I know, I know, that seems like a contradiction in terms. I'm not a libertarian, although I do have a natural aversion to government interference in my personal life (I mean, who doesn't?), and I think that the market is a better option for regulation of some portions of society than many of my fellow liberals probably think it is. But affirmative action (giving some preferences in hiring or college admissions based on race or gender in order to redress the inequalities created by past outright discrimination) is a libertarian's worst nightmare. It doesn't treat all people equally, and it involves government interference in business and education. Many libertarians are now seeing Barack Obama's success and popularity as evidence that affirmative action is no longer necessary. If white people are willing to elect a black man to be their president, this argument goes, surely there can't be all that much day-to-day discrimination anymore, and thus the reasons for affirmative action no longer exist.
The libertarian solution to the problem of blatant discrimination in the workplace or in college admissions is simply to make a minimal law that says "it is illegal to discriminate based on race or gender", and then enforce that law vigorously. The anti-affirmative action stance is voiced in this article on this very subject.
But I have to disagree. Not on principle, but as a practical matter. I simply don't see how that law is enforceable in any practical way. Let's imagine a typical situation in which such a law might be invoked:
A trucking company is located in an urban area that is racially diverse—say, 40% black and 60% white just to simplify. This trucking company has 150 employees, and 6 of them are black (that's 4%). This has been the approximate percentage for a few years when a group of 5 black local residents who were denied jobs there files a suit under this theoretical anti-discrimination law. How should the government handle this?
- Approach the owners directly and ask about the disproportionately low hiring rate for black people? The obvious response is simply "They were denied jobs because of their employment history, not because they were black."
- Confront the owners with resumés showing that the 5 candidates appear to be well-qualified? Response: "They were not as well-qualified as the other applicants for those jobs."
- Demand all records pertaining to all hires over the period of time covered by those applicants' applications, and try to determine whether any racial preference to white people shows up? Response: "I was personally more familiar with the references (previous employers) given by the people we actually hired."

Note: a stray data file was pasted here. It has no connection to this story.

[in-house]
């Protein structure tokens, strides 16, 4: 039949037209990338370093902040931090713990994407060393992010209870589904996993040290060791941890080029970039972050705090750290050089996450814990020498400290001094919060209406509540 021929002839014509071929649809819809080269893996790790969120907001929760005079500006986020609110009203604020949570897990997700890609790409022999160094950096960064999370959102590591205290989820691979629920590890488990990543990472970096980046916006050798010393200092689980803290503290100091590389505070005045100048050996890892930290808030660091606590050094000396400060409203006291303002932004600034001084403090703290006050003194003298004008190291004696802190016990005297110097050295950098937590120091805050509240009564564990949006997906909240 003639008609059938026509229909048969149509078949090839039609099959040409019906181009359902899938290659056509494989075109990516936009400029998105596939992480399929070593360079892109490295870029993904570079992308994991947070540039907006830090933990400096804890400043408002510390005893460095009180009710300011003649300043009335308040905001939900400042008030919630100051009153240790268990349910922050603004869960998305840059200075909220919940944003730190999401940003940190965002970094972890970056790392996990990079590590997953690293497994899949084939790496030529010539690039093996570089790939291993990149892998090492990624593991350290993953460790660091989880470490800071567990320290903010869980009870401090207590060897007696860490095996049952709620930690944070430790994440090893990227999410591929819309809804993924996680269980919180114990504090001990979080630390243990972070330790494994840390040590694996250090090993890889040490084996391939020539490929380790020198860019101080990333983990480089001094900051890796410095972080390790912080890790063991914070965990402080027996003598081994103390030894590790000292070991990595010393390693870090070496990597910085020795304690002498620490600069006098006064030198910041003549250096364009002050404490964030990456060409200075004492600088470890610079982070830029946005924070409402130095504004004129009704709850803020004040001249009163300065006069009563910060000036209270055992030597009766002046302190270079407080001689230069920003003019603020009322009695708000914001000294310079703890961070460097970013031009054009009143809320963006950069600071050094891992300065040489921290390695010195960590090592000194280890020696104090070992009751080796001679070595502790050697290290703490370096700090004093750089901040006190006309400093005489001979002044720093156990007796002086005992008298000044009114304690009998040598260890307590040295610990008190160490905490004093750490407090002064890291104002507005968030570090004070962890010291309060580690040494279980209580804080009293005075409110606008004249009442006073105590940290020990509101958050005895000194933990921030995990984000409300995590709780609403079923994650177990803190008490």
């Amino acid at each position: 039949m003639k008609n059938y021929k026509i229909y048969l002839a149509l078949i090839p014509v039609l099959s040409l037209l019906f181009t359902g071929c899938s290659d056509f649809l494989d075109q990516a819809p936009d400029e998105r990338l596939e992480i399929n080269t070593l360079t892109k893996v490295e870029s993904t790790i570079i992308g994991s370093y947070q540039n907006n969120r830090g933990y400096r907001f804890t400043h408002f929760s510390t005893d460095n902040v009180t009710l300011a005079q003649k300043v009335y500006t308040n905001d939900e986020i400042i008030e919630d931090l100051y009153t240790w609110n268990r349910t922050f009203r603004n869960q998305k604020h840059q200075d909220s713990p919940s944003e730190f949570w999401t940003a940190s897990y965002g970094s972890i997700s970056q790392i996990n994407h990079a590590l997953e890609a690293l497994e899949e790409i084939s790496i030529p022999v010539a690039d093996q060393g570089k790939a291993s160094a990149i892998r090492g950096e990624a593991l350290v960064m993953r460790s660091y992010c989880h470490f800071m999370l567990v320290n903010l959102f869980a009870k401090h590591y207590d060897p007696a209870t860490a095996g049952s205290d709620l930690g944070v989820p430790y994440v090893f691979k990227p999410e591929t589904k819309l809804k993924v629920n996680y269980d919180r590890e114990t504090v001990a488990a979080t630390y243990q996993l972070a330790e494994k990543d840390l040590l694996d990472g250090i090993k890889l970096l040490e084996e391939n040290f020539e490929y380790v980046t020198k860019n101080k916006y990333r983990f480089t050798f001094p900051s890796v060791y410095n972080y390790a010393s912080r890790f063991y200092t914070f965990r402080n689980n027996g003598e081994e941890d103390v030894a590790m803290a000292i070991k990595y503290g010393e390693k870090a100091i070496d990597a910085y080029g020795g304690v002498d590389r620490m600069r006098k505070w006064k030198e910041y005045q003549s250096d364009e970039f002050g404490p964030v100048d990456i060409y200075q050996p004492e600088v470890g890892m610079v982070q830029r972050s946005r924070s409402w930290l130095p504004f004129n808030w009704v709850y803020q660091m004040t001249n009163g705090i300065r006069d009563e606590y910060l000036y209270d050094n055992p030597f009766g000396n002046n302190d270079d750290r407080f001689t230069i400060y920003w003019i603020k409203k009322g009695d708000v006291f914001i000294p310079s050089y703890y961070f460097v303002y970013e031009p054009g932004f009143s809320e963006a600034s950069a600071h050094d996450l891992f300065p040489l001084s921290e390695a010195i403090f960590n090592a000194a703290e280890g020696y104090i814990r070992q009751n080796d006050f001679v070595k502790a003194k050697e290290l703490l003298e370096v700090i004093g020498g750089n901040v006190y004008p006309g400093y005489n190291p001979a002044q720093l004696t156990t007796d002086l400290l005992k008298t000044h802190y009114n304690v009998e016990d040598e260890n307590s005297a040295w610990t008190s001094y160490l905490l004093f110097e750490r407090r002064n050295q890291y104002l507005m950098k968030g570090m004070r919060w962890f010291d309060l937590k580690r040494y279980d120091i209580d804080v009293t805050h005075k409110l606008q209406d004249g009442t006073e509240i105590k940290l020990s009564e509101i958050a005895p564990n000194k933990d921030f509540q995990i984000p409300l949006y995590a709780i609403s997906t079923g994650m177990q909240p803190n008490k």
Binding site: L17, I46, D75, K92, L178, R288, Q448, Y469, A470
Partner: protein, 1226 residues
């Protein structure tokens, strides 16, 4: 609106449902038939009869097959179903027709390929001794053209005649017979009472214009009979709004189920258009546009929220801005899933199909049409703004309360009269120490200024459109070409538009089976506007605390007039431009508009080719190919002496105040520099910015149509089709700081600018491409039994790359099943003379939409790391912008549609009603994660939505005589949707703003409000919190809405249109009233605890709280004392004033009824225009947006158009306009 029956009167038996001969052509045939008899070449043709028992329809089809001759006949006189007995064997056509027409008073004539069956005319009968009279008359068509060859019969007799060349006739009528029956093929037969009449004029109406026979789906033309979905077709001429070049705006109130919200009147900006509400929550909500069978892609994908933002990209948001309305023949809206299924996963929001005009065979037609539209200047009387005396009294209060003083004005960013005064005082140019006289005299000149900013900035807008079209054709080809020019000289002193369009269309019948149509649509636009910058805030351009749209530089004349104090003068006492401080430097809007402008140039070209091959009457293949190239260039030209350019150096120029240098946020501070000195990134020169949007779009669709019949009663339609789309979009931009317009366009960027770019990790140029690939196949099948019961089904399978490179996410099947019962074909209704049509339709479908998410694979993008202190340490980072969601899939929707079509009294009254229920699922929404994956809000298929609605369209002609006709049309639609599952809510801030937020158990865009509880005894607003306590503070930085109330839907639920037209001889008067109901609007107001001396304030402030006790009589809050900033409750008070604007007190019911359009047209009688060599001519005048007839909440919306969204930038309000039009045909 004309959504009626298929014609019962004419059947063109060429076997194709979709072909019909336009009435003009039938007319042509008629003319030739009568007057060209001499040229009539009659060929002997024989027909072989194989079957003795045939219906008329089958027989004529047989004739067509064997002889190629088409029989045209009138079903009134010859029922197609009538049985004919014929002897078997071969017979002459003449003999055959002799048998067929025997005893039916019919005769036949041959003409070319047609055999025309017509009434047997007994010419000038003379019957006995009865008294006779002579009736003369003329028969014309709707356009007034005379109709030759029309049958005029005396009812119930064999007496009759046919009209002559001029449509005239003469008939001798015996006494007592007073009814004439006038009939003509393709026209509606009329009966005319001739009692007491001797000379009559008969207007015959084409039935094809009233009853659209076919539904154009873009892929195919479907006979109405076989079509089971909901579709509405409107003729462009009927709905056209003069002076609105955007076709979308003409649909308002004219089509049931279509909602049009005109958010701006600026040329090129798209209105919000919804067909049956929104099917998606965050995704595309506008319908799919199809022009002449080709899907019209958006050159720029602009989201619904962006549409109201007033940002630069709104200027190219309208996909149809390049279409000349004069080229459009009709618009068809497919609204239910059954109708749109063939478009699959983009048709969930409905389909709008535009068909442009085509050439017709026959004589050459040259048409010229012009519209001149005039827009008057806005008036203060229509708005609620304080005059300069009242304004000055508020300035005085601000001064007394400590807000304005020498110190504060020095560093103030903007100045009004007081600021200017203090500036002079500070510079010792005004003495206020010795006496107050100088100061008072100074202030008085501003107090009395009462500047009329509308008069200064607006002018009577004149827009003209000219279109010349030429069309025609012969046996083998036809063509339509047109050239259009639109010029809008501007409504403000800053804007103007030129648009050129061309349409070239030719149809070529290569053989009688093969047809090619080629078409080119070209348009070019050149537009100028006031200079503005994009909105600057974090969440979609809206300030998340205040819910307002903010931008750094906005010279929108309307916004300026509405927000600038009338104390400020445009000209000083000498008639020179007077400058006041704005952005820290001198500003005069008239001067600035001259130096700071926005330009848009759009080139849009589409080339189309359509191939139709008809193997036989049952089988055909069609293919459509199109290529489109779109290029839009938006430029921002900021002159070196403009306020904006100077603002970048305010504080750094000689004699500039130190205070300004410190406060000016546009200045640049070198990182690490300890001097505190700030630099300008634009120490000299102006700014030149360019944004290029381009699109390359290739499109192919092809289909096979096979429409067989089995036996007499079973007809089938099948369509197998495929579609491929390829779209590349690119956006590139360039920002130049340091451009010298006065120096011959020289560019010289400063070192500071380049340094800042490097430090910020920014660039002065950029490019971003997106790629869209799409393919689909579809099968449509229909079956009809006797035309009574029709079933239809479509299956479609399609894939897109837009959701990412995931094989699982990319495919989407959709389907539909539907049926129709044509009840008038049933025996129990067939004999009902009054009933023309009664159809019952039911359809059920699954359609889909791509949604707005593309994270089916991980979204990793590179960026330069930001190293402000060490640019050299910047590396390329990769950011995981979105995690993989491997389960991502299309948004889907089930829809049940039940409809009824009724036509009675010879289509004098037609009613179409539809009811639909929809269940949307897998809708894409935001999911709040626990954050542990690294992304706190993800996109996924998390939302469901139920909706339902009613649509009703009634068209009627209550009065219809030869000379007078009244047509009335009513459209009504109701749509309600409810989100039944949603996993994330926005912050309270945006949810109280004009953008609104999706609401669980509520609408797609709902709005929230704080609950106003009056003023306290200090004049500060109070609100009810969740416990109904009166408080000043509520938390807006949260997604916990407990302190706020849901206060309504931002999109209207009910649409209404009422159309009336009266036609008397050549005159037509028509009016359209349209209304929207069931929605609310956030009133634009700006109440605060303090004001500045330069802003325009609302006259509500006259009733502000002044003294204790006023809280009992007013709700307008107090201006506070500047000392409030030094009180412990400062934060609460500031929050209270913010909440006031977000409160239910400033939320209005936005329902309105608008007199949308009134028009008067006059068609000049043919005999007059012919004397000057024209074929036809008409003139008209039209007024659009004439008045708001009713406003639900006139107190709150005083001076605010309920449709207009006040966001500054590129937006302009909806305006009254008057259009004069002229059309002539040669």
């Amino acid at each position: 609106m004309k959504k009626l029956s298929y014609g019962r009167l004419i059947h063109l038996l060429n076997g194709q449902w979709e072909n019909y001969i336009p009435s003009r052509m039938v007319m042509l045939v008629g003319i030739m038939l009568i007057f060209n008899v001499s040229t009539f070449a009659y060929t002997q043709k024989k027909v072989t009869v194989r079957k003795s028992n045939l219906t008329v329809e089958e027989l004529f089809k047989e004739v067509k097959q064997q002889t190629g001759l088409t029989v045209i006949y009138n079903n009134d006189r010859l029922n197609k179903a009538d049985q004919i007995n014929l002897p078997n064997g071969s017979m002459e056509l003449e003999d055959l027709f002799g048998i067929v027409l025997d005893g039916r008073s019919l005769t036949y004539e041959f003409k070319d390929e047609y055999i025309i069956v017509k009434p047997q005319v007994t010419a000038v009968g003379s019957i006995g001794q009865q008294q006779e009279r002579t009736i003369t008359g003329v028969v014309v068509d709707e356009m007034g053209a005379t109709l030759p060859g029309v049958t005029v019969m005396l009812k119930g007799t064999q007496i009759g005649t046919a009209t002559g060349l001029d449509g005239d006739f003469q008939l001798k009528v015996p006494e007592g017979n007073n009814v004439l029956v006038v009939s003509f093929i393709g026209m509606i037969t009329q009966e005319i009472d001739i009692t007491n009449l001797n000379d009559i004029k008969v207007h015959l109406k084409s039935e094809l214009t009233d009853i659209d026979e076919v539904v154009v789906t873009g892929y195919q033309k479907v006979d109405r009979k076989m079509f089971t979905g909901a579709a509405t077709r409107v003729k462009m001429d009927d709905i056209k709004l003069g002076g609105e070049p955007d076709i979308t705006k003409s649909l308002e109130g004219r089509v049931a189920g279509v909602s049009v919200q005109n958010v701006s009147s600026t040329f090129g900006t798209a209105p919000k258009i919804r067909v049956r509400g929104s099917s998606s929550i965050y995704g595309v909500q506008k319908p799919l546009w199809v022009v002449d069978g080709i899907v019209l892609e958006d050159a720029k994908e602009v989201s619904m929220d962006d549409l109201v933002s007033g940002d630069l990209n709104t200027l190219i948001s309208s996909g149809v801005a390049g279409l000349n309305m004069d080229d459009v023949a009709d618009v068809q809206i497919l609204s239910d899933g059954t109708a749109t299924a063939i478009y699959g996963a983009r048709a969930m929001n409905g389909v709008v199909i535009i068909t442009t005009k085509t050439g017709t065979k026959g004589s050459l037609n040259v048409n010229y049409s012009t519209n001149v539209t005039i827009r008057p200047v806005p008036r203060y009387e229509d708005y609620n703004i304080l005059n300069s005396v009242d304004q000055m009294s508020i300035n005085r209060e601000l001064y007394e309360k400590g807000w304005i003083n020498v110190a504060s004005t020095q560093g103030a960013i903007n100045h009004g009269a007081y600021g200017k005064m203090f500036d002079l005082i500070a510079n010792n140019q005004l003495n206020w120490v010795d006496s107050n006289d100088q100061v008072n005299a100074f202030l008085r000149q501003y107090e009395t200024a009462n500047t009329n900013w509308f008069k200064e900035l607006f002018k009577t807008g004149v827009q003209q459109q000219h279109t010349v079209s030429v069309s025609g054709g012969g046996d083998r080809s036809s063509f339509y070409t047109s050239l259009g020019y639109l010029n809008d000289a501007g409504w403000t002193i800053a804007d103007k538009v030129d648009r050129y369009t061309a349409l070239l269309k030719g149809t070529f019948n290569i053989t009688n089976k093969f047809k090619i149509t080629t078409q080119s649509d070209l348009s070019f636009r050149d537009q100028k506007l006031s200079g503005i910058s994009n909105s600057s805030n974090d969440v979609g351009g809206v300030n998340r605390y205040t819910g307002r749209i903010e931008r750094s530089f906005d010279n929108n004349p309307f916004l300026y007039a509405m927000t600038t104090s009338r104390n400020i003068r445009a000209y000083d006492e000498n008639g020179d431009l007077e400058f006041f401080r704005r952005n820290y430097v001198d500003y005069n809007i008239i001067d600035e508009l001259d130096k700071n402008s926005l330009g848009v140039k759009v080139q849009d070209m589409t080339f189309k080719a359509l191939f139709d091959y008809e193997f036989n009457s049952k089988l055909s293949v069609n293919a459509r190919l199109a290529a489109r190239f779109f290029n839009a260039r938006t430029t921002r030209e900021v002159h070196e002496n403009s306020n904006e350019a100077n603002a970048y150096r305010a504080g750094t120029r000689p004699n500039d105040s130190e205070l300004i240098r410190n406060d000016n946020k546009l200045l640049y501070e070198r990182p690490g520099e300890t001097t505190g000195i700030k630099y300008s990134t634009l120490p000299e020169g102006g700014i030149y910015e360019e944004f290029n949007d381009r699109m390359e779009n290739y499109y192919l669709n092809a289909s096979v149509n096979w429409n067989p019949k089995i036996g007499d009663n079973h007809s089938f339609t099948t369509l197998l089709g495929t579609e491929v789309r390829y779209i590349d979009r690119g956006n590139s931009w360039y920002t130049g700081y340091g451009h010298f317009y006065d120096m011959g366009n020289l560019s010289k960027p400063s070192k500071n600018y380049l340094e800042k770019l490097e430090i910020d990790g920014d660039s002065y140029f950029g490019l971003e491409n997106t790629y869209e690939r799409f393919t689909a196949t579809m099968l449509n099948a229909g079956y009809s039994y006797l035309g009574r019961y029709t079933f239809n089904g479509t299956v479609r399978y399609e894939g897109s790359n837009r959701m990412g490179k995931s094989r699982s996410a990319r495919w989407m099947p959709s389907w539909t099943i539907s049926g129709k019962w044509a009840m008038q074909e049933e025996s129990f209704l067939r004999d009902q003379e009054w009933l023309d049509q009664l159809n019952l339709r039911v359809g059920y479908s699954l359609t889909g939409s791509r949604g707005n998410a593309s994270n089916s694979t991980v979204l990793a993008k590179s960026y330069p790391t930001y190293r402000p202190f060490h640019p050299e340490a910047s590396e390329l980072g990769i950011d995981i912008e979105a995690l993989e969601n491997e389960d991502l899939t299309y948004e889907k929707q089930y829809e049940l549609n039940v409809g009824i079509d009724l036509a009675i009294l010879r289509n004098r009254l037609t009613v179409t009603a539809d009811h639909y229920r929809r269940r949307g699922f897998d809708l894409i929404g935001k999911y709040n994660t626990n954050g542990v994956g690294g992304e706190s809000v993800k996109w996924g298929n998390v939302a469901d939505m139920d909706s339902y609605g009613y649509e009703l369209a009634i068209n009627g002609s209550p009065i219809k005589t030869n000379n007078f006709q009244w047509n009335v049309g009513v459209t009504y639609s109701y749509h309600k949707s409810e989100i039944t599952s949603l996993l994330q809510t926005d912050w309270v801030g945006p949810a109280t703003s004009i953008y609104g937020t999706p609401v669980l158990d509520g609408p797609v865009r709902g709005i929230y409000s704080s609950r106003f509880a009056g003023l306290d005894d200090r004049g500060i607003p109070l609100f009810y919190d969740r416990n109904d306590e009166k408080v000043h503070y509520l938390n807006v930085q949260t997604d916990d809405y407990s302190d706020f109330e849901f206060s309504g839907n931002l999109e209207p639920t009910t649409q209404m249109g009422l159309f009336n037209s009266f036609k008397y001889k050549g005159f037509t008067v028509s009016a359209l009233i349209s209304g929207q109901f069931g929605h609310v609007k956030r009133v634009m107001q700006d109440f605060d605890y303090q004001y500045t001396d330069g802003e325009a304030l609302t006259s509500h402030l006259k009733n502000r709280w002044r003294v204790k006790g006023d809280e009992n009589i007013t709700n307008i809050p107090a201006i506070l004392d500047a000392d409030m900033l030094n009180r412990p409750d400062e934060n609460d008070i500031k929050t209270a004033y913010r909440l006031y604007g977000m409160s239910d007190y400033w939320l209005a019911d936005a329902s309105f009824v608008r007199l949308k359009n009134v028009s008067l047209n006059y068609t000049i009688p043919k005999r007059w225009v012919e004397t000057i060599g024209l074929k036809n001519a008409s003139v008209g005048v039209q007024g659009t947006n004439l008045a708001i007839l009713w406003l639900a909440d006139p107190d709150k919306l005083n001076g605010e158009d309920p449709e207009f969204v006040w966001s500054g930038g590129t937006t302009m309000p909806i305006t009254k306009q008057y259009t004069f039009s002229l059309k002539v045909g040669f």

- Research all previous employers of all applicants to determine whether the current employer only does business with other racist companies, thus making reliance on references a measure that is inherently biased against black applicants? Response: "I was unaware of any bias in those companies."
- Point out how an inability to find more than 4% qualified black employees in a 40% black neighborhood (with 5 qualified applicants already present as parties to the lawsuit) simply strains credulity? Response: "I remember those applicants—I just simply don't think they would have fit in with our work force."
What can the government do here? Second-guess every hiring decision made by this company? What if the company is huge, with decades worth of hiring records? Are we going to tell businesses exactly what kinds of qualifications do and don't matter for the purposes of hiring? Is "not fitting in" an unacceptable reason to deny someone a job? Isn't enforcing such a broad anti-discrimination law simply too intrusive? I would certainly think so if I were in charge of hiring for any company. I'd rather simply be told: "If you want to satisfy us that you're not a racist, you'd better have X% of your workforce be non-white as evidence that you're not an outright racist company." Then I could do my own balancing of "fitting in" with overall workforce composition. That seems a less intrusive way to enforce equal opportunity. We can discuss and argue the validity of any specific formula for X, but a cold statistical analysis has to be a more libertarian solution than case-by-case meddling in every business's hiring process.
Now...will it happen that some qualified white applicant will be denied a job in favor of an arguably less-qualified black person? Unfortunately, probably yes. Although I would bet (without any real way to know for sure) that this would happen less often than a qualified black person losing out to racism.
Note that #5 above seems like a pretty good argument by the time a possibly racist employer has responded to the evidence in such a slippery manner. Yet it is essentially an argument from quotas. We should see quotas not as a way to force a company to hire and promote X% black people, but rather as the least intrusive and most flexible way to obtain evidence of racist or non-racist hiring practices.
Furthermore, note that a white person who is denied a job (supposedly) due to affirmative action will probably consider legal action, and fully expect that their complaint be taken seriously and that the situation will be rectified. I would argue that affirmative action is simply the only practical, large-scale solution to meet that same expectation by black people, who have, in fact, been demonstrably discriminated against historically.
And finally, if it's indeed true that affirmative action is no longer necessary because white people don't typically discriminate based on race anymore, then...well...achieving that X% level of black employees simply won't be difficult, will it? That means that any such law will never again be invoked to challenge a non-racist company, so what's the problem?